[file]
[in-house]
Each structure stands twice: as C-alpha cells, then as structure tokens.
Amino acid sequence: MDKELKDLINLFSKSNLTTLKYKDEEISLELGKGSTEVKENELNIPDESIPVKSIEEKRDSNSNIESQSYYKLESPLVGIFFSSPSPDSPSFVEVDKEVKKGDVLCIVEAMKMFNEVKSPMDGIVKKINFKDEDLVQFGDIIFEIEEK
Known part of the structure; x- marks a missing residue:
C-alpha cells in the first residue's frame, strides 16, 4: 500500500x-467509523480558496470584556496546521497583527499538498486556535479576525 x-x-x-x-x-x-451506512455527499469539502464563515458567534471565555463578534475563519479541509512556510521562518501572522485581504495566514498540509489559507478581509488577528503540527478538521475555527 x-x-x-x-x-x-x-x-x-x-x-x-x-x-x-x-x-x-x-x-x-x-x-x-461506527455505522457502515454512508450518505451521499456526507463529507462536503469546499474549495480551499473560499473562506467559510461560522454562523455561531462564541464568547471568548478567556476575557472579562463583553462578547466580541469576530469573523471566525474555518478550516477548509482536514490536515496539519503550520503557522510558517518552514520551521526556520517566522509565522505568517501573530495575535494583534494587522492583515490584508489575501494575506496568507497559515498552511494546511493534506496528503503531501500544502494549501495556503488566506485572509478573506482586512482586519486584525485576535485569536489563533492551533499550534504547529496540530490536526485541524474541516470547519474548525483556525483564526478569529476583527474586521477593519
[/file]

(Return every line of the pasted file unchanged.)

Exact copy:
[in-house]
Each structure stands twice: as C-alpha cells, then as structure tokens.
Amino acid sequence: MDKELKDLINLFSKSNLTTLKYKDEEISLELGKGSTEVKENELNIPDESIPVKSIEEKRDSNSNIESQSYYKLESPLVGIFFSSPSPDSPSFVEVDKEVKKGDVLCIVEAMKMFNEVKSPMDGIVKKINFKDEDLVQFGDIIFEIEEK
Known part of the structure; x- marks a missing residue:
C-alpha cells in the first residue's frame, strides 16, 4: 500500500x-467509523480558496470584556496546521497583527499538498486556535479576525 x-x-x-x-x-x-451506512455527499469539502464563515458567534471565555463578534475563519479541509512556510521562518501572522485581504495566514498540509489559507478581509488577528503540527478538521475555527 x-x-x-x-x-x-x-x-x-x-x-x-x-x-x-x-x-x-x-x-x-x-x-x-461506527455505522457502515454512508450518505451521499456526507463529507462536503469546499474549495480551499473560499473562506467559510461560522454562523455561531462564541464568547471568548478567556476575557472579562463583553462578547466580541469576530469573523471566525474555518478550516477548509482536514490536515496539519503550520503557522510558517518552514520551521526556520517566522509565522505568517501573530495575535494583534494587522492583515490584508489575501494575506496568507497559515498552511494546511493534506496528503503531501500544502494549501495556503488566506485572509478573506482586512482586519486584525485576535485569536489563533492551533499550534504547529496540530490536526485541524474541516470547519474548525483556525483564526478569529476583527474586521477593519